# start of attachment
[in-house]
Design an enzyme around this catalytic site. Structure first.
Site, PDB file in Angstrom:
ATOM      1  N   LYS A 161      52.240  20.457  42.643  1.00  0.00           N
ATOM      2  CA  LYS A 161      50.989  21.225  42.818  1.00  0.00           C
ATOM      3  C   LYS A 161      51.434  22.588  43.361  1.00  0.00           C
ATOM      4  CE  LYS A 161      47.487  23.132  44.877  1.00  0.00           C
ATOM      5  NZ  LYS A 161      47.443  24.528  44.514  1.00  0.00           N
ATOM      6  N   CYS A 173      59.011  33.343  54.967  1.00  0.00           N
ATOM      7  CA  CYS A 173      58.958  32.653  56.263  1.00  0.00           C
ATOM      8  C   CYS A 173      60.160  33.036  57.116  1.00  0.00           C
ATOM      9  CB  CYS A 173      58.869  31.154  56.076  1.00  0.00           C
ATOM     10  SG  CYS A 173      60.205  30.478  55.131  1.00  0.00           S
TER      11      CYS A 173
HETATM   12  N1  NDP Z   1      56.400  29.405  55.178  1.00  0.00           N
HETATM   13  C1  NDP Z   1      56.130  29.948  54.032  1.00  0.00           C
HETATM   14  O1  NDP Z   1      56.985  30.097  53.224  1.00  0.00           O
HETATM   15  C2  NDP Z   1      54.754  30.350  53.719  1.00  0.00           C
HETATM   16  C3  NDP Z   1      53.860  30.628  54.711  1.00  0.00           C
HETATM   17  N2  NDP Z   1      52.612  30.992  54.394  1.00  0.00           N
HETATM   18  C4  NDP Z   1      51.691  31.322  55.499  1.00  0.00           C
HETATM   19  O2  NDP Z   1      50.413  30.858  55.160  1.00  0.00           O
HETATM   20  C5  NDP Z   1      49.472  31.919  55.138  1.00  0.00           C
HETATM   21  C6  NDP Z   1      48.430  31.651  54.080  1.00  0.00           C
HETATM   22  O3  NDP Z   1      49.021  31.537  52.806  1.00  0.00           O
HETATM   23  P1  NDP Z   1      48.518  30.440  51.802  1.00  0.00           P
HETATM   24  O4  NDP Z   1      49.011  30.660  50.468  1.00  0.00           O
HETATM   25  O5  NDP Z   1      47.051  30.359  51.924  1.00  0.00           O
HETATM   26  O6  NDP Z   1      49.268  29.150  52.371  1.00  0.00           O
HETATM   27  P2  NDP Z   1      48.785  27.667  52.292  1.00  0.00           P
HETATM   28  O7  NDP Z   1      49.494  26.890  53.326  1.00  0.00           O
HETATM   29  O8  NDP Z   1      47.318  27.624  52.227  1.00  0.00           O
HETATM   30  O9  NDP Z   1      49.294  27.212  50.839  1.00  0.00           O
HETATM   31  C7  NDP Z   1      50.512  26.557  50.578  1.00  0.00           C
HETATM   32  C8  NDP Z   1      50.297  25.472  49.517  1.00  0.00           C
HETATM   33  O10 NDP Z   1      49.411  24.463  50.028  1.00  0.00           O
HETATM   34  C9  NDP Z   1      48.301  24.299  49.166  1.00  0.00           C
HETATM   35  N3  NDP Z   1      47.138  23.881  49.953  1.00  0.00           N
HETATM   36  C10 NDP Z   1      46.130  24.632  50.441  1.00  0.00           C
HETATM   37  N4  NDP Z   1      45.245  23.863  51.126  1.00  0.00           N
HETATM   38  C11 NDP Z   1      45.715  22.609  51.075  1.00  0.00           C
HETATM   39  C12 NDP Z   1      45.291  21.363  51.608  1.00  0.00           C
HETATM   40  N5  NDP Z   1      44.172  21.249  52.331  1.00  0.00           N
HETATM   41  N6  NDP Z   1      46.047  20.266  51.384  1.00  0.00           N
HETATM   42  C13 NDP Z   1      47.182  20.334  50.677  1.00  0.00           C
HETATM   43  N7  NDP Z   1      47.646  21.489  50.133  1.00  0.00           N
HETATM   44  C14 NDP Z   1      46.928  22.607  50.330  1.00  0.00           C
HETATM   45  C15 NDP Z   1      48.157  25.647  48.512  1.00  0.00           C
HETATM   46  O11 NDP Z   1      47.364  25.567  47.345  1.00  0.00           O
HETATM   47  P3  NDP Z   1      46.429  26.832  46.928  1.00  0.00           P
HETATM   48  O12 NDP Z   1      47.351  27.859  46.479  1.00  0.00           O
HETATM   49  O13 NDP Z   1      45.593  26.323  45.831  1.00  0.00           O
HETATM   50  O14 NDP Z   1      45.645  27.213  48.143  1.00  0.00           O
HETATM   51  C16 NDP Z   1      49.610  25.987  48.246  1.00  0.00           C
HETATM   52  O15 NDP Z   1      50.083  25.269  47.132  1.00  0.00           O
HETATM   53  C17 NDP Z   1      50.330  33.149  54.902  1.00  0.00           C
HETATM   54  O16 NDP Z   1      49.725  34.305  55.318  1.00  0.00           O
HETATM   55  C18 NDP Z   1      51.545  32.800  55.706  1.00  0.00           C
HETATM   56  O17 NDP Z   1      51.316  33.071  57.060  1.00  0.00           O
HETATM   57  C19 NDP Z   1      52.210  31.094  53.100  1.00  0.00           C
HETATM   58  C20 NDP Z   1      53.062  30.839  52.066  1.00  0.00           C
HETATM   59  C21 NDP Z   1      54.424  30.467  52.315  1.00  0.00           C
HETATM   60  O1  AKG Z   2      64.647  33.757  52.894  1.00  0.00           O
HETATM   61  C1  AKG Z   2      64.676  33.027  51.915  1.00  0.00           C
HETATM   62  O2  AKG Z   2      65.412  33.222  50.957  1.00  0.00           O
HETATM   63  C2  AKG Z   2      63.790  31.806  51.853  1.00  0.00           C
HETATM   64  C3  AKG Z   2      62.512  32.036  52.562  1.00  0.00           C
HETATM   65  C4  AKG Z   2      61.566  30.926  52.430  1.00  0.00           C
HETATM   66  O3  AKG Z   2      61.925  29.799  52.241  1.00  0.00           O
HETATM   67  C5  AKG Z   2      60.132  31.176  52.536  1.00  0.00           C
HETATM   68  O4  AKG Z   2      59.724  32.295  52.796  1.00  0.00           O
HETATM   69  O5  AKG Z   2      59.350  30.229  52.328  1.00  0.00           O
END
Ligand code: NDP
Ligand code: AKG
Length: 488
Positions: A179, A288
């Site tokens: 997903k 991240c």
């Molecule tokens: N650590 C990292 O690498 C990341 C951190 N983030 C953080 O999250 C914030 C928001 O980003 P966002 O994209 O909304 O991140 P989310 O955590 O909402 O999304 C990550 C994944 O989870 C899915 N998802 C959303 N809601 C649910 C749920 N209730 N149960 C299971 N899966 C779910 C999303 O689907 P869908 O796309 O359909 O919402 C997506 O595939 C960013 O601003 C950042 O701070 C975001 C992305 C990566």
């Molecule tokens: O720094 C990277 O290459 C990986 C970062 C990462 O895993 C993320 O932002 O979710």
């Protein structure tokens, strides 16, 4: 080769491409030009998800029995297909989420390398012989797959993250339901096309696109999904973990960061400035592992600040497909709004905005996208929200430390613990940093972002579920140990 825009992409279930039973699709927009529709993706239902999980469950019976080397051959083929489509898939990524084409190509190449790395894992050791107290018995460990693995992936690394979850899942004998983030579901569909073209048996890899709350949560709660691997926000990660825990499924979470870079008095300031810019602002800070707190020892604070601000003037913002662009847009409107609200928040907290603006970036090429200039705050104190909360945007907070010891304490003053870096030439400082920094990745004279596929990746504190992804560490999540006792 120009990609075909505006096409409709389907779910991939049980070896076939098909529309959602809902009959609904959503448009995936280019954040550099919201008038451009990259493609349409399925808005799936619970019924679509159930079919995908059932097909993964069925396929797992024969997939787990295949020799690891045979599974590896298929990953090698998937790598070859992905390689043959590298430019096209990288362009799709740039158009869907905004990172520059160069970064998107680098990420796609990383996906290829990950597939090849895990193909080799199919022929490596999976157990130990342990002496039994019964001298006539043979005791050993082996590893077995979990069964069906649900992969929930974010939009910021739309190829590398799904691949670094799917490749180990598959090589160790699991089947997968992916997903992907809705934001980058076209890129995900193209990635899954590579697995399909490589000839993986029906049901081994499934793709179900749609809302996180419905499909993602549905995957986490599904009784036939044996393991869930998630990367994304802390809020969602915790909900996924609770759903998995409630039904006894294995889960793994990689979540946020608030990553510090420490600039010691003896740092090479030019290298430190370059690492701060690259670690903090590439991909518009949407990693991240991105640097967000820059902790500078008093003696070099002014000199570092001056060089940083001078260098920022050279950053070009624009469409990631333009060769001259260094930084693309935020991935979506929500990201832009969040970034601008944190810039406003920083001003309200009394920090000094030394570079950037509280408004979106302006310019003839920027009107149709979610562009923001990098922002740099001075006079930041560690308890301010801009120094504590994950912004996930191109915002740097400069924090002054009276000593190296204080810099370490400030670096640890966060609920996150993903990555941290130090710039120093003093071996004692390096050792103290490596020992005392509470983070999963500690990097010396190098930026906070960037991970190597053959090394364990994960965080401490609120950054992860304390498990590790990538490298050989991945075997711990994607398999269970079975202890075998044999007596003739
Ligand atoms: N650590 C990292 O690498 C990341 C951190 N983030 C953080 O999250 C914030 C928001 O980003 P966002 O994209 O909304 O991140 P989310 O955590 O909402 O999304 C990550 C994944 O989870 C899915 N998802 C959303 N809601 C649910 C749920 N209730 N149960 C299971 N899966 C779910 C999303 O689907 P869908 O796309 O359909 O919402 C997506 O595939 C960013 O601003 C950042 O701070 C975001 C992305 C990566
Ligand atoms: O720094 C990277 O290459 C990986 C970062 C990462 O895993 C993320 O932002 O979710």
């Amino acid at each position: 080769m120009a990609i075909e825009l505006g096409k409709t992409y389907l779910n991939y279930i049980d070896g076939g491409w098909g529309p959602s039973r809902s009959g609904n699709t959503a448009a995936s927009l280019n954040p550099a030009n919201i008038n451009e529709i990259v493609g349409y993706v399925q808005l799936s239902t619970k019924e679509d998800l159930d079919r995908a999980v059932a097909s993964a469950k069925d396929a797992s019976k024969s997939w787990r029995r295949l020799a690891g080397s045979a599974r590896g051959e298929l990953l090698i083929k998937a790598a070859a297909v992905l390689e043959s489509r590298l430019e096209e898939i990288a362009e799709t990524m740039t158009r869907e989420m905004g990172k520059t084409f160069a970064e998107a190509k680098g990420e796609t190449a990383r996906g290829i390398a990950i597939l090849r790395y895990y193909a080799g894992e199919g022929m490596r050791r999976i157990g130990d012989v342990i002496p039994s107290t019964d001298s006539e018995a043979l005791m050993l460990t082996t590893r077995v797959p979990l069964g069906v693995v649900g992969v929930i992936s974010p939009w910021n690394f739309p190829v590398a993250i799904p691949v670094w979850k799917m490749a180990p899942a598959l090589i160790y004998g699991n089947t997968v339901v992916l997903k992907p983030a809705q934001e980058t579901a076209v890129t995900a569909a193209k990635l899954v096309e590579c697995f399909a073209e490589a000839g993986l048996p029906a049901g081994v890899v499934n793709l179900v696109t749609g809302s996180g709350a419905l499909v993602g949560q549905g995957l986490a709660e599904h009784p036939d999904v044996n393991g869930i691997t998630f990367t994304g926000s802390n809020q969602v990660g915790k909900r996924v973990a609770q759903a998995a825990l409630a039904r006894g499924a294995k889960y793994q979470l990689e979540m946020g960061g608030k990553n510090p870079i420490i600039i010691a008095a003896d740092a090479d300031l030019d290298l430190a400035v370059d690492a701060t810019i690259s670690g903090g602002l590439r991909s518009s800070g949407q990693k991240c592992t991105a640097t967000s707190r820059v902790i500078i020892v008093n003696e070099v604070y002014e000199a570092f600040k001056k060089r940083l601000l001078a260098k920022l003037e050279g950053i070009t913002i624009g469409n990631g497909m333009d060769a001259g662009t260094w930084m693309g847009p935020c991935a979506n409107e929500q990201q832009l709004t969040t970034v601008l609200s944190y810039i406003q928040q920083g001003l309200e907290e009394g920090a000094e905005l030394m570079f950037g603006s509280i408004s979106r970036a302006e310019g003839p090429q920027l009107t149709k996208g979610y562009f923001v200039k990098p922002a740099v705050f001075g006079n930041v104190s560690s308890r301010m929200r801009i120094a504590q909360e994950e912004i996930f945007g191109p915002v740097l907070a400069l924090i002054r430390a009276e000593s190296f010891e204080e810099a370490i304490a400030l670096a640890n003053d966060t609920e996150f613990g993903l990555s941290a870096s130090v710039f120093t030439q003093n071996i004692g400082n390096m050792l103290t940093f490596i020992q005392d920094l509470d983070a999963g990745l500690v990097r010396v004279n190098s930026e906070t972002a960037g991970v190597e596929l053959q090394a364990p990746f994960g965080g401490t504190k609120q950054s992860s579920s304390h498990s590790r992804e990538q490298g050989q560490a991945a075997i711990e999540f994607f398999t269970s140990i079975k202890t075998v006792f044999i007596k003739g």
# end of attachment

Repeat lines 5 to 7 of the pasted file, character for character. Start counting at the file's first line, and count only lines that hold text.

ATOM      2  CA  LYS A 161      50.989  21.225  42.818  1.00  0.00           C
ATOM      3  C   LYS A 161      51.434  22.588  43.361  1.00  0.00           C
ATOM      4  CE  LYS A 161      47.487  23.132  44.877  1.00  0.00           C